So out came the shooter cups and out came the wine. We were told not to sip it, but to swig it back like a shot of hard liquor. I’m not a big drinker, but you know the old saying…
We were asked if we liked it. We both said it was alright. Speedo immediately suggested that we needed a second shot to come to a more definitive conclusion, so down went shot #2!! I gotta say…the taste wasn’t entirely my cup of tea, but after two shots the entire group was officially on the “Party Bus”.
We arrived at the Cave-Tubing.com hut on the outskirts of the jungle so we could let those doing the ATV jungle tour off first. They would meet up with us later. After driving down the road about seven more minutes, we arrived at the Nohoch Che’en Caves Branch Archaeological Reserve, which is a protected area managed by the National Institute of Culture and History and the primary starting point for almost every cave-tubing company..
Speedo told us something that seemed a little odd at the time…we were going to get some dirty looks from the other tourists on cave-tubing excursions but didn’t say exactly why. Boy…would we find out quickly.
Turns out that not only is Cave-Tubing.com “twice the fun at half the price” (they are almost 50% cheaper than the Carnival excursion that does the exact same thing), but they carried the tubes for us!! It was crazy…as soon as we arrived at their building at the jungle entrance, we saw a number of guys load up two large tubes on each arm and just start hiking through the jungle trail on their own. The guys handed over our LED lights that would be strapped to our heads and that was it…we started to make our way through the jungle.
Our guide for this part of the excursion was Jimmy. If I remember correctly, Jimmy used to be an auto mechanic until he started doing cave-tubing tours about seven or eight years ago. He’s a LOT happier doing this. Jimmy was well spoken and knew a LOT about Belize, the jungle, and just about everything that our small group had asked him about. He was in no rush and took the time to make our hike a fun learning experience.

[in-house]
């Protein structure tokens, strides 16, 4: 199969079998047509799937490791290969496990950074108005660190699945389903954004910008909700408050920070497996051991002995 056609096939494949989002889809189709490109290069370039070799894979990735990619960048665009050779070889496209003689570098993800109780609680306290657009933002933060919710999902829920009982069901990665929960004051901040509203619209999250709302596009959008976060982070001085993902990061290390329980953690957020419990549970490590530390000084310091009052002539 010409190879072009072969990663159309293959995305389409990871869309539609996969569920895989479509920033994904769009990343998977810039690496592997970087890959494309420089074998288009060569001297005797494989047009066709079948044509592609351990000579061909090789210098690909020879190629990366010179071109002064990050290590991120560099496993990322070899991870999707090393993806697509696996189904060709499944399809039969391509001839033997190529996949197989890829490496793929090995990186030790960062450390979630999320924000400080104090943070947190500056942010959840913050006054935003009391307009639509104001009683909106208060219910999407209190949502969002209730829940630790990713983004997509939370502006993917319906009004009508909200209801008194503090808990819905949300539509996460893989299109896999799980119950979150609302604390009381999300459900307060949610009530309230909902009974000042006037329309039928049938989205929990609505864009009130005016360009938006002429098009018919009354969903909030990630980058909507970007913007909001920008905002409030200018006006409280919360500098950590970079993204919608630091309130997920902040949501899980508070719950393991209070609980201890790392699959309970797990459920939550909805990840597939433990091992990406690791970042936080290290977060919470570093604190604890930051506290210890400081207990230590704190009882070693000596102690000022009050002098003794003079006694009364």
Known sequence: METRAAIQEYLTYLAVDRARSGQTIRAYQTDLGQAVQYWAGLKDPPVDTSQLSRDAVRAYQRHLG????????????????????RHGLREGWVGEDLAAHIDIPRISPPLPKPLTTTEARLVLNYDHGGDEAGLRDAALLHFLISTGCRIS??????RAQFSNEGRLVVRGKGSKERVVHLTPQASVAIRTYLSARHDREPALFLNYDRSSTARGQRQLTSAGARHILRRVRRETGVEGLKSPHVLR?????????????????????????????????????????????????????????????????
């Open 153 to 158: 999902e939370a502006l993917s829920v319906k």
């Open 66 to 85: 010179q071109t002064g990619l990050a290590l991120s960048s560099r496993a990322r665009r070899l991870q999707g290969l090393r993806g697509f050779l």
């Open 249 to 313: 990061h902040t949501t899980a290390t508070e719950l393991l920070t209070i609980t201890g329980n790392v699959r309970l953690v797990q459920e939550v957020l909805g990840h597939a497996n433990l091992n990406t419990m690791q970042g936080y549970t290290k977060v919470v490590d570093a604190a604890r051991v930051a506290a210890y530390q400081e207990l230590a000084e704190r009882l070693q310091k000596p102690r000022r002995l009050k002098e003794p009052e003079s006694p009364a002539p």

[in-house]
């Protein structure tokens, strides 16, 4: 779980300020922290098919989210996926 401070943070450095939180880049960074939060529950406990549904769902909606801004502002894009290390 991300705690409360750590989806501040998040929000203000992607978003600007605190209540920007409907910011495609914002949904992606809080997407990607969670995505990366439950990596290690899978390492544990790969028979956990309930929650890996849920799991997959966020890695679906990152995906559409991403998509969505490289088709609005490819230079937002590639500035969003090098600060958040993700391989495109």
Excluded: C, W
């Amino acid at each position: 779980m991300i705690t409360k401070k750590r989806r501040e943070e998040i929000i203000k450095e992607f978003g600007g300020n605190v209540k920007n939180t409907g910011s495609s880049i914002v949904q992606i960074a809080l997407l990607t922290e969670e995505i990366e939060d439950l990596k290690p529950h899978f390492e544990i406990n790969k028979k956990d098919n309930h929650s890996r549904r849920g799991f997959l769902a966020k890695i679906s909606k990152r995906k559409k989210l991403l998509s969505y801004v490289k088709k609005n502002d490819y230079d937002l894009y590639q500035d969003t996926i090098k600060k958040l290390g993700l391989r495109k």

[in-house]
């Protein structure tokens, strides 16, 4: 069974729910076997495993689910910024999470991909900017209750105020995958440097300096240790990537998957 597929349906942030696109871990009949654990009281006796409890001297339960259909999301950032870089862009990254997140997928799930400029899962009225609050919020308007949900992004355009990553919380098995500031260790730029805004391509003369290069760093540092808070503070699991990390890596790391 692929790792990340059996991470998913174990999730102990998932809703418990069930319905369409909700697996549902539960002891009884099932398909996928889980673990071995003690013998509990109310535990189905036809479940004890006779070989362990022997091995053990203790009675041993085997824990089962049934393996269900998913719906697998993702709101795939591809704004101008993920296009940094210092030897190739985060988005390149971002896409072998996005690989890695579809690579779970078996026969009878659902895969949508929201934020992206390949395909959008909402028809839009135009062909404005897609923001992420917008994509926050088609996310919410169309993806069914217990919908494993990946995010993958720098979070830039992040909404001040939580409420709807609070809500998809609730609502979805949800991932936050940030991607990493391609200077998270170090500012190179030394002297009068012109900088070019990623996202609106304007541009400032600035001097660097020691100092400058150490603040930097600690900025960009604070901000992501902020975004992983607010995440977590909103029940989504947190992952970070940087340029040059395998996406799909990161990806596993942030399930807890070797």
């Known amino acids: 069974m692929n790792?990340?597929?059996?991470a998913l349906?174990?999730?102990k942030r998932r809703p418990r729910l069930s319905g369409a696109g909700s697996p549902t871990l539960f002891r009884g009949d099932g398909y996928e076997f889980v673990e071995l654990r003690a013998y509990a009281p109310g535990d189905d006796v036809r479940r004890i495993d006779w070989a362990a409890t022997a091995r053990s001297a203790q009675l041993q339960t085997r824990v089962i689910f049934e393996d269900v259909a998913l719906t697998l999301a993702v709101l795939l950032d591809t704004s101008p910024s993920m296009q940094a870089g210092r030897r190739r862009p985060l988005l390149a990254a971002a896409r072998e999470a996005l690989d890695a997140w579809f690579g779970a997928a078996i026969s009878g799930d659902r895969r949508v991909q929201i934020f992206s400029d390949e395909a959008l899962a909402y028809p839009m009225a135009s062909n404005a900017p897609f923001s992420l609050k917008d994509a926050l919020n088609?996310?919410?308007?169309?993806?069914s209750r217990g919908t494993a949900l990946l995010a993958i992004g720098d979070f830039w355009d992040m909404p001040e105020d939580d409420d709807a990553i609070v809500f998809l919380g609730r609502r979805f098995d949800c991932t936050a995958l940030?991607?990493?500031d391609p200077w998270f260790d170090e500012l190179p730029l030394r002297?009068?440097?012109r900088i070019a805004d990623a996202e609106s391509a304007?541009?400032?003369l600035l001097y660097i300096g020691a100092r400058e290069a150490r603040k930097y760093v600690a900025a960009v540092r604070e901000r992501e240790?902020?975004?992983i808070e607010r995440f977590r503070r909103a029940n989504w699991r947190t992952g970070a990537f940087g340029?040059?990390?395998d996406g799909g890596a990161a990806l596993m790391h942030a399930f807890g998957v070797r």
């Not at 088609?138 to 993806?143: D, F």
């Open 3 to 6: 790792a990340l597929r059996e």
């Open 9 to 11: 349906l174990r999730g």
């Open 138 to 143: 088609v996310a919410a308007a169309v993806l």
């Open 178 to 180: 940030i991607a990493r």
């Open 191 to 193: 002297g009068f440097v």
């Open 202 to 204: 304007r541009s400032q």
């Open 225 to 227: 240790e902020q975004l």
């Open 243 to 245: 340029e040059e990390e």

I cannot tell you just how amazing of an experience this was for me. I’ve always lived around forests as my neck of the woods is dense with trees, but there was something surreal about being in an actual jungle…hearing the sounds and seeing the sights. I couldn’t have been more in awe as we trekked along.
And where some people were just looking around and/or eager to get to the caves, they appeared to not really care that much about the hike there. For me, I never want to reach the point in my life where walking through an actual jungle is taken for granted.
And sure enough, just like Speedo said, as we were making our thirty minute hike/walk through the jungle we ended up passing other groups who had stopped to rest. The reason they were resting was because they were wearing helmets and carrying their own tubes. As we casually walked past them, believe me when I say that if looks could kill…
At one point we actually stopped to look at a termite hive. Jimmy asked if anybody wanted to try one. Apparently, if you’re lost in the jungle and need some food, termites are full of protein and can keep you going with their minty after-taste. We all declined, but we asked Jimmy if he was interested himself. His answer? “Nah…I’m a vegetarian.”
We finally made our way to the river and could see the river and the caves directly in front of us. It was at this point that the ATV folks that we had dropped off met up with us, along with the zip-lining folks that had gone off in a different direction when we arrived at the site. It was all timed very well and you could tell they were organized and knew exactly what they were doing.
It was at this point that I put my camera away in a plastic ziplock baggie to ensure that nothing happened to it should I drop it in the water or if it got wet. As it turns out, I probably could have not worried about it at all because we were safe and sound with our new guide, Nico.
But the next part of our journey will have to wait until tomorrow’s post…